GM Receives CDP Top Rating for Climate Disclosure and Performance

(3Bl Media/Justmeans) - There is a now-famous quote attributed to Charles Wilson, who, in 1953 was the CEO of General Motors. What Wilson supposedly said was, “What’s good for General Motors is good for America.”

While that was never entirely true, GM has recently been doing some things that have been good for America, and the rest of the world, which has also been good for themselves as well.

What GM has been doing is taking action to minimize their carbon emissions and being highly transparent in their reporting of those actions. Enough so that CDP, formerly known as the Carbon Disclosure Project, gave them a perfect score of 100 in their 2014 assessment of all the companies in the S&P 500 based and disclosure and performance.

The CDP report, entitled “Climate Action and Profitability,” was undertaken to provide a massive group of investors representing some $92 trillion in assets with information on the climate actions and disclosure practices of all the companies in the S&P 500. Surveys were sent out to all 500 companies. A total of 348 responded. The report found strong correlation between climate action and profitability, specifically, return on equity (ROE).

Both disclosure and performance scores were based on the same factors with different weightings. These were:

  • Emissions methodology and Scope 1 and 2 data
  • Opportunities
  • Risks
  • Governance, strategy and communications
  • Scope 3
  • Emissions performance and trading
  • Targets and initiatives
  • Scope 1 and 2 verification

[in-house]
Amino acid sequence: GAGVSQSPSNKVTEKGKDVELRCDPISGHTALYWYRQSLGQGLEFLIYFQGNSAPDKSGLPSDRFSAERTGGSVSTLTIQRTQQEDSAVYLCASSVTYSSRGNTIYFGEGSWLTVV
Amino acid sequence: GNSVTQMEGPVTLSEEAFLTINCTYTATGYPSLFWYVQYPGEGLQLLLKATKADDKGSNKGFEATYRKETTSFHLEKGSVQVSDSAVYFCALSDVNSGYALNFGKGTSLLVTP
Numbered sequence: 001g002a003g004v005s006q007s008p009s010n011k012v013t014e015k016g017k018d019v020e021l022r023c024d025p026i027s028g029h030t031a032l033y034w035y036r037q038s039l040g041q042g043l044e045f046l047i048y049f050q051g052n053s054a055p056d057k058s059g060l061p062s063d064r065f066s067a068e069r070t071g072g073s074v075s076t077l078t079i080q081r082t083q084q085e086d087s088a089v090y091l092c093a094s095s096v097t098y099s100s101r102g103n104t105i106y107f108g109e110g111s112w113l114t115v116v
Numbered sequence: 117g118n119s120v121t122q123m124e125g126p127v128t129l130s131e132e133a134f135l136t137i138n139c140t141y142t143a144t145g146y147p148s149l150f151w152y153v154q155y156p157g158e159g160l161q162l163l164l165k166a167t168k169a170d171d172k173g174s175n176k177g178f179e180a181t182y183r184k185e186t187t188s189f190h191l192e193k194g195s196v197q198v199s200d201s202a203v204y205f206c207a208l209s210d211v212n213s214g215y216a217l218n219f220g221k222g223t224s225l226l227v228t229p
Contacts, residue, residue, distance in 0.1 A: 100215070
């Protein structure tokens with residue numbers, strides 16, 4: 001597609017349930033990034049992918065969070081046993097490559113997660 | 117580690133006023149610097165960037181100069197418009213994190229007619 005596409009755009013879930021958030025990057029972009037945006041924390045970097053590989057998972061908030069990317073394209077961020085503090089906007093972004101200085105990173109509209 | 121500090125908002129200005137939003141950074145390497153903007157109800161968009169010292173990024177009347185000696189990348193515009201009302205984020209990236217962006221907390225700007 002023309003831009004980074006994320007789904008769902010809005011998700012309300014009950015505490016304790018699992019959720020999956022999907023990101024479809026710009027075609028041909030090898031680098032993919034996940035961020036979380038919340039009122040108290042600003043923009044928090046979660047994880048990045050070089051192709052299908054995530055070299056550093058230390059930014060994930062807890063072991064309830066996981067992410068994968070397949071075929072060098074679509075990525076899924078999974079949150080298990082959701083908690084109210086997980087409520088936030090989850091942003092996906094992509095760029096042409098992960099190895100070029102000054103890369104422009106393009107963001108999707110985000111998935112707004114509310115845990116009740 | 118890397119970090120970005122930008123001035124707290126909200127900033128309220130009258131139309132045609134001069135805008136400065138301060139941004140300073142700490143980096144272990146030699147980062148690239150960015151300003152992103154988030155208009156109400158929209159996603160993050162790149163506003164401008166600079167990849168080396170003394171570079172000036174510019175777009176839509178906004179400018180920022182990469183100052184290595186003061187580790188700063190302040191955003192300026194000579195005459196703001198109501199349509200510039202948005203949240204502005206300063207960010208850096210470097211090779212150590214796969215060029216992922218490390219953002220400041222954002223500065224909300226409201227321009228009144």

GM was one of only 27 companies to be listed as leaders in both the disclosure and performance categories. A company is only named as a leader if they fall within the top 10% of companies evaluated. Wyndham Worldwide was the only other company (out of 48) to achieved that dual ranking in the Consumer Discretionary category. GM’s grade A ranking edged out last year’s A- score. GM had income before taxes of $2.7 billion for the first six months of last year, but that figure dropped to just $89 million for the equivalent period this year due to some costly recalls.

Some of the other companies to reach the leadership level in both categories were Wal-Mart (scoring 98), Spectra Energy (100), Bank of America (100), CSX Corporation (98), Stanley Black & Decker (100), and Apple, Inc. (99). GM was the only automotive company to reach that level.

Says CEO Mary Barra, “Our CDP ranking shows that we’re measuring and pulling insight from our energy and carbon data to capitalize on opportunities for greater efficiency. It reinforces our stewardship and sustainability goals. Responding to CDP helps us communicate to the financial community that we’re prepared for changing market demands and emissions regulation.”

The automaker was also honored earlier this year by US EPA as an Energy Star Partner of the Year- Climate Communications Award. That award recognized GM’s efforts to raise consumer awareness of climate change. They also received a Sustained Excellence award for its superior energy management practices. The company reduced greenhouse gas emissions by 158,000 tons through internal efficiency measures.

Image courtesy of General Motors under Creative Commons license.